Ageing and physical match performance in English Premier League soccer referees

Hdl Handle:
http://hdl.handle.net/10149/100141
Title:
Ageing and physical match performance in English Premier League soccer referees
Authors:
Weston, M. (Matthew); Castagna, C. (Carlo); Impellizzeri, F. M. (Franco); Rampinini, E. (Ermanno); Breivik, S. (Simon)
Affiliation:
The Professional Game Match Officials Limited (PGMOL). FA Premier League.
Citation:
Weston, M. et. al. (2010) 'Ageing and physical match performance in English Premier League soccer referees', Journal of Science and Medicine in Sport, 13 (1), pp.96-100.
Publisher:
Elsevier
Journal:
Journal of Science and Medicine in Sport
Issue Date:
Jan-2010
URI:
http://hdl.handle.net/10149/100141
DOI:
10.1016/j.jsams.2008.07.009
Abstract:
Soccer referees are required to keep up with play at all times despite occupying an age bracket of on average 10-15 years older than their playing counterparts. Therefore, the aim of the present study was to examine the effect of age upon the physical match performances and match physiological loads of elite-level soccer referees. Match analysis data was collected (ProzoneĀ®, Leeds, UK) from 22 professional soccer referees (age range 31-48 years) on FA Premier League matches over four consecutive seasons (778 observations). Physical match performance categories were total-distance covered (TD); high intensity running distance (speed >5.5 m s-1, HIR); sprint count (>7.0 m s-1, SC); top sprinting speed (TS); average distance from the ball (DB) and average distance from fouls (DF). Significant age effects were found for TD (r = -0.52, p < 0.001), HIR (r = -0.53, p < 0.001) and SC (r = -0.53, p < 0.001). No age effect was found for DB and DF (p > 0.05). Despite covering less TD, HIR and performing fewer sprints the older referees (43-48 years) were able to maintain an average distance from fouls that was comparable to that recorded by the young (31-36 years) referees. Therefore, the reduced physical match performances associated with increasing referee age did not appear to impact upon the older referees' ability to keep up with play. In light of these findings, refereeing governing bodies may wish to review their age-based retirement guidelines.
Type:
Article
Language:
en
Keywords:
experience; football; match analysis; positioning; work rate; ageing; performance; running
ISSN:
1440-2440
Rights:
Author can archive post-print (ie final draft post-refereeing). For full details see http://www.sherpa.ac.uk/romeo/ [Accessed 02/06/2010]
Citation Count:
0 [Scopus, 02/06/2010]

Full metadata record

DC FieldValue Language
dc.contributor.authorWeston, M. (Matthew)en
dc.contributor.authorCastagna, C. (Carlo)en
dc.contributor.authorImpellizzeri, F. M. (Franco)en
dc.contributor.authorRampinini, E. (Ermanno)en
dc.contributor.authorBreivik, S. (Simon)en
dc.date.accessioned2010-06-02T12:24:08Z-
dc.date.available2010-06-02T12:24:08Z-
dc.date.issued2010-01-
dc.identifier.citationJournal of Science and Medicine in Sport; 13(1):96-100en
dc.identifier.issn1440-2440-
dc.identifier.doi10.1016/j.jsams.2008.07.009-
dc.identifier.urihttp://hdl.handle.net/10149/100141-
dc.description.abstractSoccer referees are required to keep up with play at all times despite occupying an age bracket of on average 10-15 years older than their playing counterparts. Therefore, the aim of the present study was to examine the effect of age upon the physical match performances and match physiological loads of elite-level soccer referees. Match analysis data was collected (ProzoneĀ®, Leeds, UK) from 22 professional soccer referees (age range 31-48 years) on FA Premier League matches over four consecutive seasons (778 observations). Physical match performance categories were total-distance covered (TD); high intensity running distance (speed >5.5 m s-1, HIR); sprint count (>7.0 m s-1, SC); top sprinting speed (TS); average distance from the ball (DB) and average distance from fouls (DF). Significant age effects were found for TD (r = -0.52, p < 0.001), HIR (r = -0.53, p < 0.001) and SC (r = -0.53, p < 0.001). No age effect was found for DB and DF (p > 0.05). Despite covering less TD, HIR and performing fewer sprints the older referees (43-48 years) were able to maintain an average distance from fouls that was comparable to that recorded by the young (31-36 years) referees. Therefore, the reduced physical match performances associated with increasing referee age did not appear to impact upon the older referees' ability to keep up with play. In light of these findings, refereeing governing bodies may wish to review their age-based retirement guidelines.en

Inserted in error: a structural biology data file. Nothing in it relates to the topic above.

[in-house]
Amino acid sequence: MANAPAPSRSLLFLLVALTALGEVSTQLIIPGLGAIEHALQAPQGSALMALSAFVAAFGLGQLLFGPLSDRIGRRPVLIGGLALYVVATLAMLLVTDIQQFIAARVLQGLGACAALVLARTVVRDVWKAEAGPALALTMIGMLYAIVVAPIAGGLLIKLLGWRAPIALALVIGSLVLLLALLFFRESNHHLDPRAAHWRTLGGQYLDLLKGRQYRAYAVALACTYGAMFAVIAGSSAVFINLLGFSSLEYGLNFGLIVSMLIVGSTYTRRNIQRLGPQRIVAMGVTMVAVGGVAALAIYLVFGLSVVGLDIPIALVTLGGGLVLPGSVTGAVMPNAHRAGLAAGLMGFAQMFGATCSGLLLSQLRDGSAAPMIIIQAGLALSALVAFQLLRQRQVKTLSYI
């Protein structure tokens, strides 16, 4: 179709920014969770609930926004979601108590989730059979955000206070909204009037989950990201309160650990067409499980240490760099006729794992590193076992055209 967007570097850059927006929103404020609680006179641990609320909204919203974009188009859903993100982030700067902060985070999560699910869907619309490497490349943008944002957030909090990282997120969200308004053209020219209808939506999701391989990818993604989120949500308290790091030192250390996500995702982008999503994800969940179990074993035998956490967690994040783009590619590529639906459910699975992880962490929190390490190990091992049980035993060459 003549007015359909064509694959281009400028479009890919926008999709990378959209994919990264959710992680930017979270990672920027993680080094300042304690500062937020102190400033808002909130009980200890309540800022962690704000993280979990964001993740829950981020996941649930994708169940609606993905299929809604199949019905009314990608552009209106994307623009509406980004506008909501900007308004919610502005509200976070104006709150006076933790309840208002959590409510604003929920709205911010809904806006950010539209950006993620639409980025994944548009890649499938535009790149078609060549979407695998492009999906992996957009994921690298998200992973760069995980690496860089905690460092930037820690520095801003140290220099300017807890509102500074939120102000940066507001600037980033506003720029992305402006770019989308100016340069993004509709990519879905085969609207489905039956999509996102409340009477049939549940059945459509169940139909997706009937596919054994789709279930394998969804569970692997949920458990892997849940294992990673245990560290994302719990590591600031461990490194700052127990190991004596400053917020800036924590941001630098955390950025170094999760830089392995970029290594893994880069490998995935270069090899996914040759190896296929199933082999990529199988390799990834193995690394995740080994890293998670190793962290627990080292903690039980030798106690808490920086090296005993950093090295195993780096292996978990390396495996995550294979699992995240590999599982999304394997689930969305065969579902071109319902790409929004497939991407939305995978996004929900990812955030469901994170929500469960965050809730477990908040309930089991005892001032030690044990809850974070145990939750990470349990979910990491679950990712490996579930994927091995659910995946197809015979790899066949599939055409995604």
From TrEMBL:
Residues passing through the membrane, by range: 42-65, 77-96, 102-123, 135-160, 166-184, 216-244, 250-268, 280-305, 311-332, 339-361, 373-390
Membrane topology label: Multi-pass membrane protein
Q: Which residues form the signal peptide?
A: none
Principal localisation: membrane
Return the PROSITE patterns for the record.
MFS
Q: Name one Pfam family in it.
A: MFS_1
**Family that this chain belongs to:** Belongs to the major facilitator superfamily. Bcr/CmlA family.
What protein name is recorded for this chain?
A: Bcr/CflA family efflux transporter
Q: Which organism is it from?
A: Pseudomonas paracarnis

dc.language.isoenen
dc.publisherElsevieren
dc.rightsAuthor can archive post-print (ie final draft post-refereeing). For full details see http://www.sherpa.ac.uk/romeo/ [Accessed 02/06/2010]en
dc.subjectexperienceen
dc.subjectfootballen
dc.subjectmatch analysisen
dc.subjectpositioningen
dc.subjectwork rateen
dc.subjectageingen
dc.subjectperformanceen
dc.subjectrunningen
dc.titleAgeing and physical match performance in English Premier League soccer refereesen
dc.typeArticleen
dc.contributor.departmentThe Professional Game Match Officials Limited (PGMOL). FA Premier League.en
dc.identifier.journalJournal of Science and Medicine in Sporten
ref.citationcount0 [Scopus, 02/06/2010]en
or.citation.harvardWeston, M. et. al. (2010) 'Ageing and physical match performance in English Premier League soccer referees', Journal of Science and Medicine in Sport, 13 (1), pp.96-100.-
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